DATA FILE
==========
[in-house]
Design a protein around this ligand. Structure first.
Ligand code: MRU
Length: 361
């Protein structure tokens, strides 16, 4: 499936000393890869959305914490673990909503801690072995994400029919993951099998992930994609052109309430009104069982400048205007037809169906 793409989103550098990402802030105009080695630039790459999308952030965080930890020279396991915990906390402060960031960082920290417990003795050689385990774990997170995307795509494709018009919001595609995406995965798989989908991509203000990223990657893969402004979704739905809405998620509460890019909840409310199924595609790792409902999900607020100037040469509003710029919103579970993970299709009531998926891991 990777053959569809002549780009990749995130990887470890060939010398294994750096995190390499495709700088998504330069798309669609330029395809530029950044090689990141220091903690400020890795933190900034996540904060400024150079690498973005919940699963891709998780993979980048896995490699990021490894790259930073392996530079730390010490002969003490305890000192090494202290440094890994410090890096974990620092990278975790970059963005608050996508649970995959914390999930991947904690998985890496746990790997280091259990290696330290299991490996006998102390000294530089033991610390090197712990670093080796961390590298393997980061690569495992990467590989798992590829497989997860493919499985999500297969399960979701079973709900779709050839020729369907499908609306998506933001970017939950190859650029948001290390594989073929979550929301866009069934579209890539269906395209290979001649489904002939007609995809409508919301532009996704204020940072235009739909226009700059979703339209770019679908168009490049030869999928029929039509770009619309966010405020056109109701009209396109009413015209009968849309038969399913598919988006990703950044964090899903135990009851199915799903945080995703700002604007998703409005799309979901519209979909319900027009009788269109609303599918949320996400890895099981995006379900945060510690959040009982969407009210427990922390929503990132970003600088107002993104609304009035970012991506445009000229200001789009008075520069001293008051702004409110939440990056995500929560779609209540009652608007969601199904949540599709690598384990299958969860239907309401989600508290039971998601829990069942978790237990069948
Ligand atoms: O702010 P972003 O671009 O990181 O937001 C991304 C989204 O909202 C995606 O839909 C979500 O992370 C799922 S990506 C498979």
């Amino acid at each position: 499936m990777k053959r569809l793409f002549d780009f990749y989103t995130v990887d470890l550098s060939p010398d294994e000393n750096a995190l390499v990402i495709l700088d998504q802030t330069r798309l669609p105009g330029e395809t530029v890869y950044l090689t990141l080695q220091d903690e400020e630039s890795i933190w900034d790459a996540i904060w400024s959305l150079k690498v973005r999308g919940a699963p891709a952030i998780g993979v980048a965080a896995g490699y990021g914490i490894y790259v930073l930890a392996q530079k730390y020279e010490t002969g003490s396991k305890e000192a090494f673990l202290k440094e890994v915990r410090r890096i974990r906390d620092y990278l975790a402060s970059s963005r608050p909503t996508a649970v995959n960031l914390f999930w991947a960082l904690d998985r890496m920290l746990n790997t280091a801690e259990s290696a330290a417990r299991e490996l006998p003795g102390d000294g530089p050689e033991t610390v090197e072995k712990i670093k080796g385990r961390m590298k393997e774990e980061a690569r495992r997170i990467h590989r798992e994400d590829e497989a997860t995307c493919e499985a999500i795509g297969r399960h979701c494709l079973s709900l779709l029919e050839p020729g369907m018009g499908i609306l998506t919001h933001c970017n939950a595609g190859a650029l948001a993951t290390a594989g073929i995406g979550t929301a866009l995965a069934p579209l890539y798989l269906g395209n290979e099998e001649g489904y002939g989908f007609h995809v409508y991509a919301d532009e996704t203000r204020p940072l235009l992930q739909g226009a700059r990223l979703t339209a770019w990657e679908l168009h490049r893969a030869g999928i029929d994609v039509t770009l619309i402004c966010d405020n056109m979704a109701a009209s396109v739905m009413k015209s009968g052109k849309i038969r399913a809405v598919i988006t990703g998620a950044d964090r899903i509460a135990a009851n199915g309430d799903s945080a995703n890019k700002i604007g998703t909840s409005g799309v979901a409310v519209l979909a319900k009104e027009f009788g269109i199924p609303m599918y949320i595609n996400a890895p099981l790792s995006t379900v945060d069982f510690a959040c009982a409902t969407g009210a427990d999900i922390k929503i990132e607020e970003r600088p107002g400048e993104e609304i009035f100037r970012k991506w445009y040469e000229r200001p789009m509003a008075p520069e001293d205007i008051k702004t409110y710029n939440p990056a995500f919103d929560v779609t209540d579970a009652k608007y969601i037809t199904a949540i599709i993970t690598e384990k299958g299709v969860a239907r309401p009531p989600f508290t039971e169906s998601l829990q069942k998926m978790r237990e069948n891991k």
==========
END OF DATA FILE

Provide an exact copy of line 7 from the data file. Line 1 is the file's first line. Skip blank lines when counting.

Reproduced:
């Amino acid at each position: 499936m990777k053959r569809l793409f002549d780009f990749y989103t995130v990887d470890l550098s060939p010398d294994e000393n750096a995190l390499v990402i495709l700088d998504q802030t330069r798309l669609p105009g330029e395809t530029v890869y950044l090689t990141l080695q220091d903690e400020e630039s890795i933190w900034d790459a996540i904060w400024s959305l150079k690498v973005r999308g919940a699963p891709a952030i998780g993979v980048a965080a896995g490699y990021g914490i490894y790259v930073l930890a392996q530079k730390y020279e010490t002969g003490s396991k305890e000192a090494f673990l202290k440094e890994v915990r410090r890096i974990r906390d620092y990278l975790a402060s970059s963005r608050p909503t996508a649970v995959n960031l914390f999930w991947a960082l904690d998985r890496m920290l746990n790997t280091a801690e259990s290696a330290a417990r299991e490996l006998p003795g102390d000294g530089p050689e033991t610390v090197e072995k712990i670093k080796g385990r961390m590298k393997e774990e980061a690569r495992r997170i990467h590989r798992e994400d590829e497989a997860t995307c493919e499985a999500i795509g297969r399960h979701c494709l079973s709900l779709l029919e050839p020729g369907m018009g499908i609306l998506t919001h933001c970017n939950a595609g190859a650029l948001a993951t290390a594989g073929i995406g979550t929301a866009l995965a069934p579209l890539y798989l269906g395209n290979e099998e001649g489904y002939g989908f007609h995809v409508y991509a919301d532009e996704t203000r204020p940072l235009l992930q739909g226009a700059r990223l979703t339209a770019w990657e679908l168009h490049r893969a030869g999928i029929d994609v039509t770009l619309i402004c966010d405020n056109m979704a109701a009209s396109v739905m009413k015209s009968g052109k849309i038969r399913a809405v598919i988006t990703g998620a950044d964090r899903i509460a135990a009851n199915g309430d799903s945080a995703n890019k700002i604007g998703t909840s409005g799309v979901a409310v519209l979909a319900k009104e027009f009788g269109i199924p609303m599918y949320i595609n996400a890895p099981l790792s995006t379900v945060d069982f510690a959040c009982a409902t969407g009210a427990d999900i922390k929503i990132e607020e970003r600088p107002g400048e993104e609304i009035f100037r970012k991506w445009y040469e000229r200001p789009m509003a008075p520069e001293d205007i008051k702004t409110y710029n939440p990056a995500f919103d929560v779609t209540d579970a009652k608007y969601i037809t199904a949540i599709i993970t690598e384990k299958g299709v969860a239907r309401p009531p989600f508290t039971e169906s998601l829990q069942k998926m978790r237990e069948n891991k």